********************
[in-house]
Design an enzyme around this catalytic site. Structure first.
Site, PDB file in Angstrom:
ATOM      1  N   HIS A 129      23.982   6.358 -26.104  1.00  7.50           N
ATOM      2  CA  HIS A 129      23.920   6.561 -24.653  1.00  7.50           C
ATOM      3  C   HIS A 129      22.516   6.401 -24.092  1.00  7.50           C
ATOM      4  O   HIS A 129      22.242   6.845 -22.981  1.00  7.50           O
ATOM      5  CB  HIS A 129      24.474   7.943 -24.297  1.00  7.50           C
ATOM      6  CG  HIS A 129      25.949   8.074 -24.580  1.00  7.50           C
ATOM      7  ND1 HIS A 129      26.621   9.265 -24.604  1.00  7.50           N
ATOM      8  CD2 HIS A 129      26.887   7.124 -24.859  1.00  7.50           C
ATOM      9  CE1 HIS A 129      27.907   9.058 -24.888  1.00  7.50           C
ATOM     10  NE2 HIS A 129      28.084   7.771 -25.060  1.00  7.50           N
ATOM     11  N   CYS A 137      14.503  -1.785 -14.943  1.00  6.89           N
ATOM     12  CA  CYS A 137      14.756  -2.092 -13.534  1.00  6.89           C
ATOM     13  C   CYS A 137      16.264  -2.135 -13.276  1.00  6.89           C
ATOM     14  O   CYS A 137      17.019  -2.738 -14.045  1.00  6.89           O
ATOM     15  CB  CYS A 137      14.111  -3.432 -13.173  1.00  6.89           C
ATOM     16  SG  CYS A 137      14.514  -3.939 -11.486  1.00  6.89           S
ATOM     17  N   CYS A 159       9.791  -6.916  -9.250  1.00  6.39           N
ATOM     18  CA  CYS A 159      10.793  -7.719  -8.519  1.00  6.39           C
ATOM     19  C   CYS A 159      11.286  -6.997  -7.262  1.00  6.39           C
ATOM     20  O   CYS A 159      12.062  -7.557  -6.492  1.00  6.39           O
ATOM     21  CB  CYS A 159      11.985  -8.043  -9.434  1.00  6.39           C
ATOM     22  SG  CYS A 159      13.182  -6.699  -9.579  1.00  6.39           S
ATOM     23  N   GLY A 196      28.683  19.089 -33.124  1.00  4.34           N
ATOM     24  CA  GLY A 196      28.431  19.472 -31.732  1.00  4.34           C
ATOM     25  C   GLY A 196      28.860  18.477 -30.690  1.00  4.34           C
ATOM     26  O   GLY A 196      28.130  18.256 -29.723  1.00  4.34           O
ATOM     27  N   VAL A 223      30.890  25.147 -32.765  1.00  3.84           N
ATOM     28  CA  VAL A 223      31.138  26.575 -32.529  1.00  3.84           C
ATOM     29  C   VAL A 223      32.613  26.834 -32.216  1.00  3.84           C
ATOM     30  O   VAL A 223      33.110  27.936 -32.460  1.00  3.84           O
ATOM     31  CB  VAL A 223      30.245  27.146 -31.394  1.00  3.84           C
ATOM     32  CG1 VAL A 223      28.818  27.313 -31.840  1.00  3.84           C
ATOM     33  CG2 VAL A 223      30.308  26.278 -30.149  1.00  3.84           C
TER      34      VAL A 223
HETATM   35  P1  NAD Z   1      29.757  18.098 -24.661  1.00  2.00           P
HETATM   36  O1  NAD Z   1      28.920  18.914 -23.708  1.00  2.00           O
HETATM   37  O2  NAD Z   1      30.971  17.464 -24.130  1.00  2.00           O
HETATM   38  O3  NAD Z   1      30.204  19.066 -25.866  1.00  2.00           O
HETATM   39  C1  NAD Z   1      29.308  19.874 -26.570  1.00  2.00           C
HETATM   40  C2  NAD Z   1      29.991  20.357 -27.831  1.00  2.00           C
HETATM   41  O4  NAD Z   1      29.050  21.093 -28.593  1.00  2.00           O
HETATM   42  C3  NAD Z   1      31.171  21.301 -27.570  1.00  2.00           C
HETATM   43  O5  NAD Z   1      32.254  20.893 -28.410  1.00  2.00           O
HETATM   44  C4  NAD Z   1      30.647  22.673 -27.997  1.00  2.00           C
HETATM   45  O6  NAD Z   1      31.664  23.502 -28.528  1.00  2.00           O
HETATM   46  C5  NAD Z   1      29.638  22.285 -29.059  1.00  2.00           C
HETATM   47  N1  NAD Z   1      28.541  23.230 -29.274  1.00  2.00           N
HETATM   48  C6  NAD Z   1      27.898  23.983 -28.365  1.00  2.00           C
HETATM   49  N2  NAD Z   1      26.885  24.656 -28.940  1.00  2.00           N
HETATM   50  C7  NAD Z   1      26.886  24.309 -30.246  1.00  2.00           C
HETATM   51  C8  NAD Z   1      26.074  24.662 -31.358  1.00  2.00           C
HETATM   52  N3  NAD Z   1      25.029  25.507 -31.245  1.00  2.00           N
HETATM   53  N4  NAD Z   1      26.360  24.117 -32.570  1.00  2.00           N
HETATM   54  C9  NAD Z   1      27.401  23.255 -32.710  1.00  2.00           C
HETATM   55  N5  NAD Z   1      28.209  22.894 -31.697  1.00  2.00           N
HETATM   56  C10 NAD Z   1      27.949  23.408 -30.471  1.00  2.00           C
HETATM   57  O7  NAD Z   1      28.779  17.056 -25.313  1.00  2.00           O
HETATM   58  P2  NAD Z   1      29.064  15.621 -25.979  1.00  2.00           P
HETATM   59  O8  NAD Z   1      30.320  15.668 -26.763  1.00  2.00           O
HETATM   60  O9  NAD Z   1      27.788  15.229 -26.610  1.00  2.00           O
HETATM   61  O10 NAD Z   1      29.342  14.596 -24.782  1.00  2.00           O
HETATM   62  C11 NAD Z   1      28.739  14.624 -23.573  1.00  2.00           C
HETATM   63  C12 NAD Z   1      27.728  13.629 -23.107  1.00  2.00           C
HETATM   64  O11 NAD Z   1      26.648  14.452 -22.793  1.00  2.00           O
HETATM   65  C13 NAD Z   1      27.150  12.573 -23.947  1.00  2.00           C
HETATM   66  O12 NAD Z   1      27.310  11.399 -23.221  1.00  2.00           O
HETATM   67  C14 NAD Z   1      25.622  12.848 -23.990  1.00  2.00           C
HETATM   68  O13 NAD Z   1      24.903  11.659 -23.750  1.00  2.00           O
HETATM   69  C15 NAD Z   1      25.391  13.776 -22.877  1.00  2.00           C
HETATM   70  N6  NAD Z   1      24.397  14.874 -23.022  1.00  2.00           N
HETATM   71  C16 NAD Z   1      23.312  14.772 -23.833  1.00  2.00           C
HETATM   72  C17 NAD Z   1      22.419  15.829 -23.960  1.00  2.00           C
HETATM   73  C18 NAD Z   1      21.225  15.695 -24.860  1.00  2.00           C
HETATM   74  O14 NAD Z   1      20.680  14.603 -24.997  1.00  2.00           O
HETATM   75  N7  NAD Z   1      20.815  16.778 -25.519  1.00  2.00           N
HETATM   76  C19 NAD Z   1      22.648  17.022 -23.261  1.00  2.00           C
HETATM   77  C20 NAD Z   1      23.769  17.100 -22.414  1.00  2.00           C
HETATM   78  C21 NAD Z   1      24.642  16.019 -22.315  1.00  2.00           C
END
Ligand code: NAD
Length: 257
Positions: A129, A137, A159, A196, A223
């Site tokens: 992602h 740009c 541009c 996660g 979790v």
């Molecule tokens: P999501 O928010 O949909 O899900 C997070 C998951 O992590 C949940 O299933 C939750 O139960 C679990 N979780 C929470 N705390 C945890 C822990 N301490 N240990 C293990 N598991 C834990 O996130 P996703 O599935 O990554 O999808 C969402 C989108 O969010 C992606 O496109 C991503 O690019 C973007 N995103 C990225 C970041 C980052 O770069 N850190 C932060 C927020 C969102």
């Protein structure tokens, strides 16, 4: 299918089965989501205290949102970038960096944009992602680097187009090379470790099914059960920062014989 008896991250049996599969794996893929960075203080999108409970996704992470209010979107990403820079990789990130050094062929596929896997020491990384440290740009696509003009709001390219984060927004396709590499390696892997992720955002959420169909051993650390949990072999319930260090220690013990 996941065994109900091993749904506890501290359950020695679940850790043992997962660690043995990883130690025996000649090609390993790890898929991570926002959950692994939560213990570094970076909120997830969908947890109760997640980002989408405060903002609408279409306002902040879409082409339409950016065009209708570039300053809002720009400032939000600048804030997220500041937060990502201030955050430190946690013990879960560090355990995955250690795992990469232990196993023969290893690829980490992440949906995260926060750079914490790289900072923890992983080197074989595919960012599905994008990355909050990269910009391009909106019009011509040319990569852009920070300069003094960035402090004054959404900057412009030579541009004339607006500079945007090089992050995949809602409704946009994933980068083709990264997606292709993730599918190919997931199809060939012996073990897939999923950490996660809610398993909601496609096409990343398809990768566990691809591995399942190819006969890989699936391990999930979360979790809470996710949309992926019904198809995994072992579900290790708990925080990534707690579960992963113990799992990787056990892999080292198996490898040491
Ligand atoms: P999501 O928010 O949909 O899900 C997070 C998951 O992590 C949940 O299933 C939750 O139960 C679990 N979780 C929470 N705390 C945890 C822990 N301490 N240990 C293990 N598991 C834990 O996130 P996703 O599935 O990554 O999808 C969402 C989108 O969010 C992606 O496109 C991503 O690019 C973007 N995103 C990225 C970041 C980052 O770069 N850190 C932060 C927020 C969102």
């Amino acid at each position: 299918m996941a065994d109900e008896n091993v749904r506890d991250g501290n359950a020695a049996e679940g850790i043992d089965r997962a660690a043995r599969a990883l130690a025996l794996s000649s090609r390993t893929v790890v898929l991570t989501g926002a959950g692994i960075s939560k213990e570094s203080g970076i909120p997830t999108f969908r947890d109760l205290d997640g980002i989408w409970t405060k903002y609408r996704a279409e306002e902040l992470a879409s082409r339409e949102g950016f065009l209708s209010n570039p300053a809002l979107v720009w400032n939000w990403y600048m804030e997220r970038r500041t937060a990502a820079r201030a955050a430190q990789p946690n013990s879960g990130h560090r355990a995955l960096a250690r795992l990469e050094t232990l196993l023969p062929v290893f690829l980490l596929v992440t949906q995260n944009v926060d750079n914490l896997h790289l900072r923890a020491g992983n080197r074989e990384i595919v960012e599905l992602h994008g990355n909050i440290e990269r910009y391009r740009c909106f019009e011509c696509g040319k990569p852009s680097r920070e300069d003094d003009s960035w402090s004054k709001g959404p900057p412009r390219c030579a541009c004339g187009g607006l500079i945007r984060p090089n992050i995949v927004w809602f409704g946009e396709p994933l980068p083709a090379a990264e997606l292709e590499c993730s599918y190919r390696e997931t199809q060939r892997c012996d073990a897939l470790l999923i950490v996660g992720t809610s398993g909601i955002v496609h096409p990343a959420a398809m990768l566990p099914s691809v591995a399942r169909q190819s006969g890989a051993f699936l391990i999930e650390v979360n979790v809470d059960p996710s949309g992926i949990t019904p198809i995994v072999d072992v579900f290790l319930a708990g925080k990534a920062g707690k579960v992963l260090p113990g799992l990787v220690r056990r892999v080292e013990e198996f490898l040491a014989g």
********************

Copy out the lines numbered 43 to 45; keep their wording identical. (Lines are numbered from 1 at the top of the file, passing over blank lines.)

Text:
HETATM   40  C2  NAD Z   1      29.991  20.357 -27.831  1.00  2.00           C
HETATM   41  O4  NAD Z   1      29.050  21.093 -28.593  1.00  2.00           O
HETATM   42  C3  NAD Z   1      31.171  21.301 -27.570  1.00  2.00           C